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Braintree councilors approve funding for automated pick-up barrels

Posted by Jessica Bartlett  August 14, 2013 01:27 PM

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Braintree councilors unanimously approved a $905,000 bond request to pay for new trash barrels, affirming the town’s commitment to automated trash pick-up.

The Tuesday night meeting on the new system, which will use a mechanical rather than manual method to haul trash, was the second discussion Braintree councilors had on the topic. A vote had been put off in a committee meeting the previous week.

After looking over the 50-page contract and twice going through a presentation on the benefits of the new program, councilors were finally convinced.

“Everyone will understand the cost-benefit of what this project is, the advantages of recycling, and the emphasis on customer service and service level expectations that our residents have come to expect,” said Councilor Paul “Dan” Clifford, who had been wary of the new system.

The new contract is expected to save $35,000-$50,000 annually in operating costs. The five-year contract is also estimated to be $1.4 million cheaper than the projected cost for maintaining the previous contractor.

Even with the subtraction of $755,000 for the town’s contribution for new barrels ($130,000 was provided from a state grant, and Sunrise contributed $20,000 to the cost) total savings are still projected to be between $760,000 and $830,000.

For consumers, the savings mean avoiding a $15 trash fee increase every year for the next five years.

“Failure to implement a plan like this would put us on a course of not being able to achieve a level of savings that we think we can,” said Mayor Joseph Sullivan. “…It will be a positive one for each and every household and environmentally…reduce the overall tonnage, increase our recycling, and save money for the community.”

The goal is to start the automated pick up system on Sept. 30, but no later than Oct. 15.

Though town officials said they planned to undertake a more extensive PR campaign throughout September, several questions on the new system were hashed out Tuesday night.

In addition to a 64-gallon barrel for trash and a 64-gallon barrel for recycling, households would be permitted to dispose of two bulky items a week – such as bikes, furniture, mattresses, and small amounts of construction debris.

Two “white goods” – appliances such as stoves, fridges, freezers, and washer machines – would be accepted per household per month.

Six additional bags of trash per house will be accepted on Christmas week and the week after, and Christmas trees will be picked up the first two weeks in January.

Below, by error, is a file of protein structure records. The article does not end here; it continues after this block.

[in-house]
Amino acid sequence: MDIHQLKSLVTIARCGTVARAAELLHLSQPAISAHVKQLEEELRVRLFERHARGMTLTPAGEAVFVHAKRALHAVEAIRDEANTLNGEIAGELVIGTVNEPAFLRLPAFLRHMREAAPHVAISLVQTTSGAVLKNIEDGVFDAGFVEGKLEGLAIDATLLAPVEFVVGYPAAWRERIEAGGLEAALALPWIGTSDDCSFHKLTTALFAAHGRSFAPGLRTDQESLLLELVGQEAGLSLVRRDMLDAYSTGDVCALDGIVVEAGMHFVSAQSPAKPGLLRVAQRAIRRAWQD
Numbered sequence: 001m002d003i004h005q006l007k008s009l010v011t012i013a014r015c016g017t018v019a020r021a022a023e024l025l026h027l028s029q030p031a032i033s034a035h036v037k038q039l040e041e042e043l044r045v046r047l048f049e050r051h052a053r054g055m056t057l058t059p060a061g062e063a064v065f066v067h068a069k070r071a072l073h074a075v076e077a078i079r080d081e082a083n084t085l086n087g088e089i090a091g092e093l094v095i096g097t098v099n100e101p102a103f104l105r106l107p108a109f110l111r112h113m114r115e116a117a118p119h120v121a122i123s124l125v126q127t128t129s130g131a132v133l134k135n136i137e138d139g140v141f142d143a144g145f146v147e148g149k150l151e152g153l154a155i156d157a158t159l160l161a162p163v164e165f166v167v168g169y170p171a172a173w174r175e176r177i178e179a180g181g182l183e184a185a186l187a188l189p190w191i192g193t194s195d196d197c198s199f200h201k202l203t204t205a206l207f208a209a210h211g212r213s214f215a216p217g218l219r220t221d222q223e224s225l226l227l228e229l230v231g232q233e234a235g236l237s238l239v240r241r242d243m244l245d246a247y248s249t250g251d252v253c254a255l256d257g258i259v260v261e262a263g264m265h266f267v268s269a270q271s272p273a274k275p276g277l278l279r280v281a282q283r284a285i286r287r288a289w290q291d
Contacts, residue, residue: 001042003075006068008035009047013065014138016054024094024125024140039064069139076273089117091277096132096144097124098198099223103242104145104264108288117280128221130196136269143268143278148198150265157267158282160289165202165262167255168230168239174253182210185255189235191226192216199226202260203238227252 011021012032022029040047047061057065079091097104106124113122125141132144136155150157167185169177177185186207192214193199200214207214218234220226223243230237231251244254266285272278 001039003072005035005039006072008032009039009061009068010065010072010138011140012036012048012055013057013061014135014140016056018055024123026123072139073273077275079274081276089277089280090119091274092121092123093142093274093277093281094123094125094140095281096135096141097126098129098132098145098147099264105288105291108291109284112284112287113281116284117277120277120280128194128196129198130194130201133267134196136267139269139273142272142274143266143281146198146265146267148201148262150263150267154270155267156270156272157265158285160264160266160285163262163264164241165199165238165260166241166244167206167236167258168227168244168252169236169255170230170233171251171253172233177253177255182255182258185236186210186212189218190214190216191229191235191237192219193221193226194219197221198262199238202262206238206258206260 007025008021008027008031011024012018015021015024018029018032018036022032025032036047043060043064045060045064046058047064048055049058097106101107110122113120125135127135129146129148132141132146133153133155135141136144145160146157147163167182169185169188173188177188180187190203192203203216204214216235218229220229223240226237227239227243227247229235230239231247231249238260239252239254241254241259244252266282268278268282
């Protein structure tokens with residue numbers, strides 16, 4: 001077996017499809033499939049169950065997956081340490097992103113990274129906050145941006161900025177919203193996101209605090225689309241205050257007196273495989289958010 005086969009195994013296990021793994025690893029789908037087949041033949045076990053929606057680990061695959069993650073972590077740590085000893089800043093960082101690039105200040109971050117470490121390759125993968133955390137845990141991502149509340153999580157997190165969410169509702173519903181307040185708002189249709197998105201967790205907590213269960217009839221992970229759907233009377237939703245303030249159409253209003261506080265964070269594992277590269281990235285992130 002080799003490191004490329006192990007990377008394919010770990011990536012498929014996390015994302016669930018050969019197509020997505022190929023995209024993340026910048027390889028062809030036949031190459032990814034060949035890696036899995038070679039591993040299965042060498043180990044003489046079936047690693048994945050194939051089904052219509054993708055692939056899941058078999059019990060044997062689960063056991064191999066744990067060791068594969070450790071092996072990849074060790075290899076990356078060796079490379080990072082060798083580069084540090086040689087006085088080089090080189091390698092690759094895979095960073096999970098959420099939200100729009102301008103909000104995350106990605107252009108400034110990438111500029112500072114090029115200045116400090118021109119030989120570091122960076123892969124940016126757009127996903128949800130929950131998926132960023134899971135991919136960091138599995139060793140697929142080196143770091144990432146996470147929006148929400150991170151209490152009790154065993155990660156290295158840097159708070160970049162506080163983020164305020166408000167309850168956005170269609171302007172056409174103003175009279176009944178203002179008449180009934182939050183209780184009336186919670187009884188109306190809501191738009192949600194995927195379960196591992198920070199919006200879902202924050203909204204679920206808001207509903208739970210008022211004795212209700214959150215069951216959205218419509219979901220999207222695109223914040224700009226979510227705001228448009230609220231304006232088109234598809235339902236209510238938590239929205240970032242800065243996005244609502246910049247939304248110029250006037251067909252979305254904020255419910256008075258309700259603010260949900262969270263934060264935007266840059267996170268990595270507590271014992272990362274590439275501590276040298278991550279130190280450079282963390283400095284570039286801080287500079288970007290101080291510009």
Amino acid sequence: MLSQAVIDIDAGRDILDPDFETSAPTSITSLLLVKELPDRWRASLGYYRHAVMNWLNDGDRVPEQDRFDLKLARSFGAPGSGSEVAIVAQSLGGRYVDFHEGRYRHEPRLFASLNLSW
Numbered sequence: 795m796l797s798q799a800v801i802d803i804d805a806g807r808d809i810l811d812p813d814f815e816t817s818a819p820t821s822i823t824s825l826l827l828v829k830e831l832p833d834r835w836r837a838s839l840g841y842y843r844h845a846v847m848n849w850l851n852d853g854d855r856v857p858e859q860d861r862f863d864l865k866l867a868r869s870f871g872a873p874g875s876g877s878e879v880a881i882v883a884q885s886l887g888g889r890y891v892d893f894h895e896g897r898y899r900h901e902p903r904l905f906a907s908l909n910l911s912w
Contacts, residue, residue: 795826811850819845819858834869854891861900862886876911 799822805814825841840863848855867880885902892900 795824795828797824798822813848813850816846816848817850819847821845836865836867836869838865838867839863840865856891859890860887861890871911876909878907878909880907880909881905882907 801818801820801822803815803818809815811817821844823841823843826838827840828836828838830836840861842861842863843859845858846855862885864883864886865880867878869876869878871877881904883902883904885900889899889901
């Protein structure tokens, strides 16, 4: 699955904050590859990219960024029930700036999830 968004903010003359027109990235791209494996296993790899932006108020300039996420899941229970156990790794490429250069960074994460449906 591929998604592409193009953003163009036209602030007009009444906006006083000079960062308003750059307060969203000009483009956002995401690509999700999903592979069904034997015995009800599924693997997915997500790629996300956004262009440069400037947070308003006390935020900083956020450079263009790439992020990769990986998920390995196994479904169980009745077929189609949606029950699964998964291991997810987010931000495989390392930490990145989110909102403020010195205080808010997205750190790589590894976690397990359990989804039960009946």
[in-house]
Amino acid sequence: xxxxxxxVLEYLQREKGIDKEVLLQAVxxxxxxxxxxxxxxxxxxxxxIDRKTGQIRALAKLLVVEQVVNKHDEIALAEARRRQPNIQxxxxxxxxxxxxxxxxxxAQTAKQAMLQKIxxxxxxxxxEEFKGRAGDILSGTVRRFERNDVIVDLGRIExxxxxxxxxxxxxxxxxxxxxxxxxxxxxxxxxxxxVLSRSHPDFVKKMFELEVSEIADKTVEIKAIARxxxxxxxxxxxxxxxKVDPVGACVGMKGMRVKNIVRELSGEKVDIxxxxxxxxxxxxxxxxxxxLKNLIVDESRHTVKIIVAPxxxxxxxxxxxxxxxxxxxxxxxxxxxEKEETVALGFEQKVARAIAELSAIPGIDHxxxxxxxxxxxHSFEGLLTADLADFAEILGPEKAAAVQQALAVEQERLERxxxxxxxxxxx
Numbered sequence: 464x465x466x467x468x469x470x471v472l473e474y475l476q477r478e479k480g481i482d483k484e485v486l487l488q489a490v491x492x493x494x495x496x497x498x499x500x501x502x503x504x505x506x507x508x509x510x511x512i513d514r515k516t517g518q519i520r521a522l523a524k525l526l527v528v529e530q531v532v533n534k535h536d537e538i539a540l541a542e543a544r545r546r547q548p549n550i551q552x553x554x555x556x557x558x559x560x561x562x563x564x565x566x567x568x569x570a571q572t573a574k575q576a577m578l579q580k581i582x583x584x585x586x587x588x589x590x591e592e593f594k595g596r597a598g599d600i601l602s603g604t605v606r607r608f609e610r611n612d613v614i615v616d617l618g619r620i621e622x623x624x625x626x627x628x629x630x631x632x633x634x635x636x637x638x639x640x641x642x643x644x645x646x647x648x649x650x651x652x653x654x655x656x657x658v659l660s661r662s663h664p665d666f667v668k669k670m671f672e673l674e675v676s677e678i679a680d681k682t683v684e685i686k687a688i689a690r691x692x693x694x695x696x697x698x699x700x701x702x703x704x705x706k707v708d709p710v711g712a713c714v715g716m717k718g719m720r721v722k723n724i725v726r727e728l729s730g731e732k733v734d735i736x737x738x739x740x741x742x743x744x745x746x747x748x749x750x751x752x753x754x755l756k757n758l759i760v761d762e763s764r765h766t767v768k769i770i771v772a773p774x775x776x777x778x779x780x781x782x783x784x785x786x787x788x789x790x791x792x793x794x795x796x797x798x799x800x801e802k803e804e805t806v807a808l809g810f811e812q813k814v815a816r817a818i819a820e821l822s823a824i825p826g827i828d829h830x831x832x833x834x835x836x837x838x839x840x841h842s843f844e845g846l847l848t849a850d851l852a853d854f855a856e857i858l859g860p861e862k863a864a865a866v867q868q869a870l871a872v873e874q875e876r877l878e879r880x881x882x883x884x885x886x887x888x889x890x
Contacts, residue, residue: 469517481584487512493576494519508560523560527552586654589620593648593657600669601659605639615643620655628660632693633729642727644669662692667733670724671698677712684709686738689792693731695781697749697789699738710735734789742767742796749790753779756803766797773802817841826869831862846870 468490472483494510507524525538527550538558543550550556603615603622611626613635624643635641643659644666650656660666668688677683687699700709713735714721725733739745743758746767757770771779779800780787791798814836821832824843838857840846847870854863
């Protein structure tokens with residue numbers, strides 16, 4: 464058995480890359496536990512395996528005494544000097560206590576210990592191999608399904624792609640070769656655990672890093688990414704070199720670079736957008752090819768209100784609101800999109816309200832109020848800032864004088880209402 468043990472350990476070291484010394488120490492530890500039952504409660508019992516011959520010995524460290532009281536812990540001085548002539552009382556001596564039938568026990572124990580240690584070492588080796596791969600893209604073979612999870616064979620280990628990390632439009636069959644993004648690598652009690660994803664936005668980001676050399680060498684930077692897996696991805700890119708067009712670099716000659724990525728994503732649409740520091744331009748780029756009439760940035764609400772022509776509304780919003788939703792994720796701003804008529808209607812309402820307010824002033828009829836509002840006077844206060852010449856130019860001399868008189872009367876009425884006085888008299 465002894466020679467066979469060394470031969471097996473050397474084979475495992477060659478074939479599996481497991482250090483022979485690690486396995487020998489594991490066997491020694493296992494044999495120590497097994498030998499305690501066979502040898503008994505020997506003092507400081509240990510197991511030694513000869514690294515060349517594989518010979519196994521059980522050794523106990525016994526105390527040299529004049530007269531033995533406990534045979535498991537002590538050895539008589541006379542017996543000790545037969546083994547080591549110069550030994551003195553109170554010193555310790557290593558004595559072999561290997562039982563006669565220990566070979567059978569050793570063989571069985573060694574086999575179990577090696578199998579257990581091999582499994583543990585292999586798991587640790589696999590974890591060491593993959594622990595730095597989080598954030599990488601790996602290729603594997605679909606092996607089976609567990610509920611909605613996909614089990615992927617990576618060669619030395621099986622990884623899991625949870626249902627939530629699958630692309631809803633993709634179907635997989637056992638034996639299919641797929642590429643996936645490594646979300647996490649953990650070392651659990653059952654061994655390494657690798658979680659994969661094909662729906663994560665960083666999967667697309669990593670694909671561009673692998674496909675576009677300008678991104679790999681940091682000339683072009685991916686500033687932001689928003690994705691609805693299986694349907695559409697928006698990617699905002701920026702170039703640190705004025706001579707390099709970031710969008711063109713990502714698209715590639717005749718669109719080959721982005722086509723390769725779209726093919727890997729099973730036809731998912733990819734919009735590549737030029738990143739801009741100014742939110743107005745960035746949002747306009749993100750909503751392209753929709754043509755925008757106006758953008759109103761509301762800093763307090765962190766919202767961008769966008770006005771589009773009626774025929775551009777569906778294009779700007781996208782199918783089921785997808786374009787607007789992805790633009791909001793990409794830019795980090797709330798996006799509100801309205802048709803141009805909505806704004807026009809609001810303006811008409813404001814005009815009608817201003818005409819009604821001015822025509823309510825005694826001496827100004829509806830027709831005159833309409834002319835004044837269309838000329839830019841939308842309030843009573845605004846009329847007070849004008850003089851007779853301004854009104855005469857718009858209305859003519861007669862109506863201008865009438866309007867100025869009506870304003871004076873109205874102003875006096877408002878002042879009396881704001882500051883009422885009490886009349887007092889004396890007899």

Yard waste will be picked up seven days a week.

“Benefits will exceed expectations, I hope, and put us on a positive path of right steps,” Sullivan said.

Though some councilors were concerned of excess trash, Recycling Coordinator Jeff Kunz said families could invest in a second 64-gallon container for $100, or take additional trash to the transfer station.

Yet the hope is that increased recycling will eliminate most of the existing trash.

“Forty-five to 50 percent [of our trash] can be recycled. If you compost and do all the things, you can actually recycle 70 percent of your trash. We’re currently between 25-30 percent. We’re projecting a 15 percent increase,” Kunz said.

Carts will have to be placed in a specific area for pick up, though officials said they would work with the town until it became habit.

Several residents who came out to the meeting spoke of concerns, but most walked away with a positive outlook.

“I think the program the mayor is presenting is much better” than the current system, said Kevin Houchin, a Summer Street resident.

Councilors supported the new program as well, though many remained concerned about the existing trash fee.

“I’m also an advocate to see our trash fee gets reduced,” said Councilor Tom Bowes. “I’m confident the more we recycle, the more we will bring the cost down on the trash fee.”

Councilor Leland Dingee also said he had some existing questions that could perhaps be answered in a public forum to allay future fears. Meanwhile, Councilor John Mullaney had confidence in the process.

“We have a mayor that won’t put a program in force and walk away from it,” Mullaney said.

To read the entire trash contract, view page 20 of this document.

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